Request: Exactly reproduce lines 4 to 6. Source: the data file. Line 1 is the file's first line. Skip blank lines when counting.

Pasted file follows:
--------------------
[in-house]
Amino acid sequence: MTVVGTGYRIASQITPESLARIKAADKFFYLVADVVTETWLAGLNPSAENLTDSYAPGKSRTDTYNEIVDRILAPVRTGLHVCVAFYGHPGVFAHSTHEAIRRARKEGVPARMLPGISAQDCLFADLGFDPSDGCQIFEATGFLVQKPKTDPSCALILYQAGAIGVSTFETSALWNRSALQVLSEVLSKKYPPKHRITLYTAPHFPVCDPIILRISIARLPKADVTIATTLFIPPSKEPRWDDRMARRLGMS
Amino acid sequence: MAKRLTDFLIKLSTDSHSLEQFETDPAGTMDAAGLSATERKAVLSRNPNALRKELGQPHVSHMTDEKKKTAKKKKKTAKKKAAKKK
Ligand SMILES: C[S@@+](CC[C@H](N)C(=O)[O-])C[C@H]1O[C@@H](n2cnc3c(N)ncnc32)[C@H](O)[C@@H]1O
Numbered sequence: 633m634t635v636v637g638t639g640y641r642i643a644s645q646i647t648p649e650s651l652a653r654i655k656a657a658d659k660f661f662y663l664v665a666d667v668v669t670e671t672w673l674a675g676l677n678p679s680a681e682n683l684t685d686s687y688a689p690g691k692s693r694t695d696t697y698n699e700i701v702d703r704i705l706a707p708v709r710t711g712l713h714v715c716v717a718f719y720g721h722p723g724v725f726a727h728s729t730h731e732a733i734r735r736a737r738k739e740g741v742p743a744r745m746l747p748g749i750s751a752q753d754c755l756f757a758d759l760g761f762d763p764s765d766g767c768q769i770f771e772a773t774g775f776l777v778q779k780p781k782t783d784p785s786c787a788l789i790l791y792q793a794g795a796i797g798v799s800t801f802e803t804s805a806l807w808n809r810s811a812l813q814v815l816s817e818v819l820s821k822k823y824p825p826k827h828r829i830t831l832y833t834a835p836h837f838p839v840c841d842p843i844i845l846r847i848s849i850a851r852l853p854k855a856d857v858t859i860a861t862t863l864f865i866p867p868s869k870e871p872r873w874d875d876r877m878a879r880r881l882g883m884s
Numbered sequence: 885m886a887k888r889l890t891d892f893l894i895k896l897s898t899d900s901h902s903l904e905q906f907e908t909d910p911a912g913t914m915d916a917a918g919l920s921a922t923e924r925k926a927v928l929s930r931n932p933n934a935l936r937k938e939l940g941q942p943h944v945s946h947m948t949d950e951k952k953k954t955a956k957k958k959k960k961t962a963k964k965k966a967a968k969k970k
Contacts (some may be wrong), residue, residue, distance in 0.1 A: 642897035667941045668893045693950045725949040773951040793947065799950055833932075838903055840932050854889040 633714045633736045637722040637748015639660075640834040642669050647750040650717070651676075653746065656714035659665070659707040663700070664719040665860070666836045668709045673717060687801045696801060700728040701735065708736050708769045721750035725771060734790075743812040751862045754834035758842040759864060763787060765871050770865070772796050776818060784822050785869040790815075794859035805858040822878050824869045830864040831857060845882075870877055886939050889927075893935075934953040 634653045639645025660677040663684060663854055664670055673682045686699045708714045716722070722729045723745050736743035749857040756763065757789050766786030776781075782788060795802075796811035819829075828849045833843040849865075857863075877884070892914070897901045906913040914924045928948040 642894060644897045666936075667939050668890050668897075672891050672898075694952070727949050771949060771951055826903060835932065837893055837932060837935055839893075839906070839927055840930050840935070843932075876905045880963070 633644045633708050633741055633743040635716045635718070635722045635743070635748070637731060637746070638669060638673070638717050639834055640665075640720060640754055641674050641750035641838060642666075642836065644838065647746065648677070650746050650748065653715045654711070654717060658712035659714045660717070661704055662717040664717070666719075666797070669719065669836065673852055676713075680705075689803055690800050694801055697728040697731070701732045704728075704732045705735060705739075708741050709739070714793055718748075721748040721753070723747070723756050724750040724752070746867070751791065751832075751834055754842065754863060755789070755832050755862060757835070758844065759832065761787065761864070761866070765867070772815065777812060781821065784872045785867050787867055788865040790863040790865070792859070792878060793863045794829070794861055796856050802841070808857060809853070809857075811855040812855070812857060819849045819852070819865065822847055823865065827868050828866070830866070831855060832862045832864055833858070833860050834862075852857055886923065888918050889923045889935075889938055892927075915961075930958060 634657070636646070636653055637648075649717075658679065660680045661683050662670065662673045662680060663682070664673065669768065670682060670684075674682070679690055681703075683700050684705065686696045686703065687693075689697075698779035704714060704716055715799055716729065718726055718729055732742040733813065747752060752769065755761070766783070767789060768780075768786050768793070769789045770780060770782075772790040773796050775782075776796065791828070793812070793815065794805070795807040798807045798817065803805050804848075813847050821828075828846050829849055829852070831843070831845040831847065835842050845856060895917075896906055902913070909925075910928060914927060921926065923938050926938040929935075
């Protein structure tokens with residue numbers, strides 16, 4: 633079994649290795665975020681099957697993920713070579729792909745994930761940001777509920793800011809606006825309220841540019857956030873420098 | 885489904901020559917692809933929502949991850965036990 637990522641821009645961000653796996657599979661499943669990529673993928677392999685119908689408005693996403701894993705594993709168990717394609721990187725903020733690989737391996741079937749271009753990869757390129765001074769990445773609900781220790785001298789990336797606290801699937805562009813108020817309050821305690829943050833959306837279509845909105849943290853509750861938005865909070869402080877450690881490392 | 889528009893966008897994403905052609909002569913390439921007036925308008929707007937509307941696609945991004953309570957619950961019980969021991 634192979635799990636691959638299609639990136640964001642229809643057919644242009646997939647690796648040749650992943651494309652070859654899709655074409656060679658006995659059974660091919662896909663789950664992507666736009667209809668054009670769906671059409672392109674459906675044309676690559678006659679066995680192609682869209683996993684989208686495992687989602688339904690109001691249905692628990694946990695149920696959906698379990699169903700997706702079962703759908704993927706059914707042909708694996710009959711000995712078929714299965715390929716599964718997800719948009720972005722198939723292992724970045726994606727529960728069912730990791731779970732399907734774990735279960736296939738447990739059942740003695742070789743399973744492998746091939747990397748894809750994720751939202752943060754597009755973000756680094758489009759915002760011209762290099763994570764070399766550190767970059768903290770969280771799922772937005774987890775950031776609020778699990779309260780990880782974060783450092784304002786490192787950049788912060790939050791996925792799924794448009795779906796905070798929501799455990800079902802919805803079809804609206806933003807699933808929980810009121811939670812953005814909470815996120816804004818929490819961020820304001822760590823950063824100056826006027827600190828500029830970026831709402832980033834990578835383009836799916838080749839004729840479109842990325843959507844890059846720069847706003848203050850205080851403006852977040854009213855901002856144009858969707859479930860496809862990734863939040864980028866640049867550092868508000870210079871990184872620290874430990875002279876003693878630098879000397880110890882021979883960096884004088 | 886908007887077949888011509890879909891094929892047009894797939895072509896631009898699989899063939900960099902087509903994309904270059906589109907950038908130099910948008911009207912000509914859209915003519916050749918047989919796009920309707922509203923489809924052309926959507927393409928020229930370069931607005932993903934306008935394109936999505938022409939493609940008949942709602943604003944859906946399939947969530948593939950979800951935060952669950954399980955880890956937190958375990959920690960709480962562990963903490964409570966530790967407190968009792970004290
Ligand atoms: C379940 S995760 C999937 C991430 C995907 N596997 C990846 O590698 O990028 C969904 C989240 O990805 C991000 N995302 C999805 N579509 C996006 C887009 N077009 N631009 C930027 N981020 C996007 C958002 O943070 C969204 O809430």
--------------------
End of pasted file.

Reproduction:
Ligand SMILES: C[S@@+](CC[C@H](N)C(=O)[O-])C[C@H]1O[C@@H](n2cnc3c(N)ncnc32)[C@H](O)[C@@H]1O
Numbered sequence: 633m634t635v636v637g638t639g640y641r642i643a644s645q646i647t648p649e650s651l652a653r654i655k656a657a658d659k660f661f662y663l664v665a666d667v668v669t670e671t672w673l674a675g676l677n678p679s680a681e682n683l684t685d686s687y688a689p690g691k692s693r694t695d696t697y698n699e700i701v702d703r704i705l706a707p708v709r710t711g712l713h714v715c716v717a718f719y720g721h722p723g724v725f726a727h728s729t730h731e732a733i734r735r736a737r738k739e740g741v742p743a744r745m746l747p748g749i750s751a752q753d754c755l756f757a758d759l760g761f762d763p764s765d766g767c768q769i770f771e772a773t774g775f776l777v778q779k780p781k782t783d784p785s786c787a788l789i790l791y792q793a794g795a796i797g798v799s800t801f802e803t804s805a806l807w808n809r810s811a812l813q814v815l816s817e818v819l820s821k822k823y824p825p826k827h828r829i830t831l832y833t834a835p836h837f838p839v840c841d842p843i844i845l846r847i848s849i850a851r852l853p854k855a856d857v858t859i860a861t862t863l864f865i866p867p868s869k870e871p872r873w874d875d876r877m878a879r880r881l882g883m884s
Numbered sequence: 885m886a887k888r889l890t891d892f893l894i895k896l897s898t899d900s901h902s903l904e905q906f907e908t909d910p911a912g913t914m915d916a917a918g919l920s921a922t923e924r925k926a927v928l929s930r931n932p933n934a935l936r937k938e939l940g941q942p943h944v945s946h947m948t949d950e951k952k953k954t955a956k957k958k959k960k961t962a963k964k965k966a967a968k969k970k